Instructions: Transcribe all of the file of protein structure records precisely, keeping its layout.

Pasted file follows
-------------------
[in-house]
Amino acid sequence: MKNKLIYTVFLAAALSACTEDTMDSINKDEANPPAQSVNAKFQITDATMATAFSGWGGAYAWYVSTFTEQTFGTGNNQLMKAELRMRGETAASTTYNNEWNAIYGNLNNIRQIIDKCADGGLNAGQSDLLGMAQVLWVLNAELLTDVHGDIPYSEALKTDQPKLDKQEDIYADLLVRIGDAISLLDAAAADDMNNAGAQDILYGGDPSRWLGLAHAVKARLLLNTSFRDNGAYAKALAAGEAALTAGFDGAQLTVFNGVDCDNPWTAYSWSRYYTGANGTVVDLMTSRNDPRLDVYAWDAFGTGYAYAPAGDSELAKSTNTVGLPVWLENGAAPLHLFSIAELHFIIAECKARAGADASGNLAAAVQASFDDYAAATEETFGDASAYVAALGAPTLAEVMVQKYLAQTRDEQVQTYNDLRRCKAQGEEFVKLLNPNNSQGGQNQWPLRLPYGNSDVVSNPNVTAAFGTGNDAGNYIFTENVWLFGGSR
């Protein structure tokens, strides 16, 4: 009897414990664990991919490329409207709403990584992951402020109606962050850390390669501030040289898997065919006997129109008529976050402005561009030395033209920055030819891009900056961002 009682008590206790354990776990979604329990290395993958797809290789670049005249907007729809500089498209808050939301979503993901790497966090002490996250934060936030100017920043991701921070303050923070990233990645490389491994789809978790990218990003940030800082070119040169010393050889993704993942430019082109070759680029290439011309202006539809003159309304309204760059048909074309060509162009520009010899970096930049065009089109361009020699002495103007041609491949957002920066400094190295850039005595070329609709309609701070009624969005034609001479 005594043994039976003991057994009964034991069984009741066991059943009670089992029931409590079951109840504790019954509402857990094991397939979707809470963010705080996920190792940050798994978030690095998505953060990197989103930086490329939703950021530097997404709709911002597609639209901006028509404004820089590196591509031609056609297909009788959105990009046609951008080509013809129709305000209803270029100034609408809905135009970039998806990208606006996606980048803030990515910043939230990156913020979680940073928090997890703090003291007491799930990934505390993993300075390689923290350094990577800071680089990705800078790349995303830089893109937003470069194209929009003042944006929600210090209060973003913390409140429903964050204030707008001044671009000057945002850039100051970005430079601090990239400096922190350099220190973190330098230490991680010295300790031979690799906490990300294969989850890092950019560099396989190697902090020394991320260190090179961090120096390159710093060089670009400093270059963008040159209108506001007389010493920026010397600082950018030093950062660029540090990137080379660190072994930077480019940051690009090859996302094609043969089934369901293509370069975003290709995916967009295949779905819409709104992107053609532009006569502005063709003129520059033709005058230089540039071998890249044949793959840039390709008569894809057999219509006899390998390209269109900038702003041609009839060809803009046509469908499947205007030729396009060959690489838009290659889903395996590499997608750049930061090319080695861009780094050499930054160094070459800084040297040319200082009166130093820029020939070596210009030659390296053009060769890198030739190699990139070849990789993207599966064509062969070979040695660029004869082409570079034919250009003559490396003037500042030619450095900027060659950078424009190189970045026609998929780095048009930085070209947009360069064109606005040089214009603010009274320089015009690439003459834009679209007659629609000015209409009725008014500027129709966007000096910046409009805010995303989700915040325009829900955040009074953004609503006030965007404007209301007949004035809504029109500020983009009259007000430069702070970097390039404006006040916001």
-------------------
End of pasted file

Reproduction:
[in-house]
Amino acid sequence: MKNKLIYTVFLAAALSACTEDTMDSINKDEANPPAQSVNAKFQITDATMATAFSGWGGAYAWYVSTFTEQTFGTGNNQLMKAELRMRGETAASTTYNNEWNAIYGNLNNIRQIIDKCADGGLNAGQSDLLGMAQVLWVLNAELLTDVHGDIPYSEALKTDQPKLDKQEDIYADLLVRIGDAISLLDAAAADDMNNAGAQDILYGGDPSRWLGLAHAVKARLLLNTSFRDNGAYAKALAAGEAALTAGFDGAQLTVFNGVDCDNPWTAYSWSRYYTGANGTVVDLMTSRNDPRLDVYAWDAFGTGYAYAPAGDSELAKSTNTVGLPVWLENGAAPLHLFSIAELHFIIAECKARAGADASGNLAAAVQASFDDYAAATEETFGDASAYVAALGAPTLAEVMVQKYLAQTRDEQVQTYNDLRRCKAQGEEFVKLLNPNNSQGGQNQWPLRLPYGNSDVVSNPNVTAAFGTGNDAGNYIFTENVWLFGGSR
């Protein structure tokens, strides 16, 4: 009897414990664990991919490329409207709403990584992951402020109606962050850390390669501030040289898997065919006997129109008529976050402005561009030395033209920055030819891009900056961002 009682008590206790354990776990979604329990290395993958797809290789670049005249907007729809500089498209808050939301979503993901790497966090002490996250934060936030100017920043991701921070303050923070990233990645490389491994789809978790990218990003940030800082070119040169010393050889993704993942430019082109070759680029290439011309202006539809003159309304309204760059048909074309060509162009520009010899970096930049065009089109361009020699002495103007041609491949957002920066400094190295850039005595070329609709309609701070009624969005034609001479 005594043994039976003991057994009964034991069984009741066991059943009670089992029931409590079951109840504790019954509402857990094991397939979707809470963010705080996920190792940050798994978030690095998505953060990197989103930086490329939703950021530097997404709709911002597609639209901006028509404004820089590196591509031609056609297909009788959105990009046609951008080509013809129709305000209803270029100034609408809905135009970039998806990208606006996606980048803030990515910043939230990156913020979680940073928090997890703090003291007491799930990934505390993993300075390689923290350094990577800071680089990705800078790349995303830089893109937003470069194209929009003042944006929600210090209060973003913390409140429903964050204030707008001044671009000057945002850039100051970005430079601090990239400096922190350099220190973190330098230490991680010295300790031979690799906490990300294969989850890092950019560099396989190697902090020394991320260190090179961090120096390159710093060089670009400093270059963008040159209108506001007389010493920026010397600082950018030093950062660029540090990137080379660190072994930077480019940051690009090859996302094609043969089934369901293509370069975003290709995916967009295949779905819409709104992107053609532009006569502005063709003129520059033709005058230089540039071998890249044949793959840039390709008569894809057999219509006899390998390209269109900038702003041609009839060809803009046509469908499947205007030729396009060959690489838009290659889903395996590499997608750049930061090319080695861009780094050499930054160094070459800084040297040319200082009166130093820029020939070596210009030659390296053009060769890198030739190699990139070849990789993207599966064509062969070979040695660029004869082409570079034919250009003559490396003037500042030619450095900027060659950078424009190189970045026609998929780095048009930085070209947009360069064109606005040089214009603010009274320089015009690439003459834009679209007659629609000015209409009725008014500027129709966007000096910046409009805010995303989700915040325009829900955040009074953004609503006030965007404007209301007949004035809504029109500020983009009259007000430069702070970097390039404006006040916001």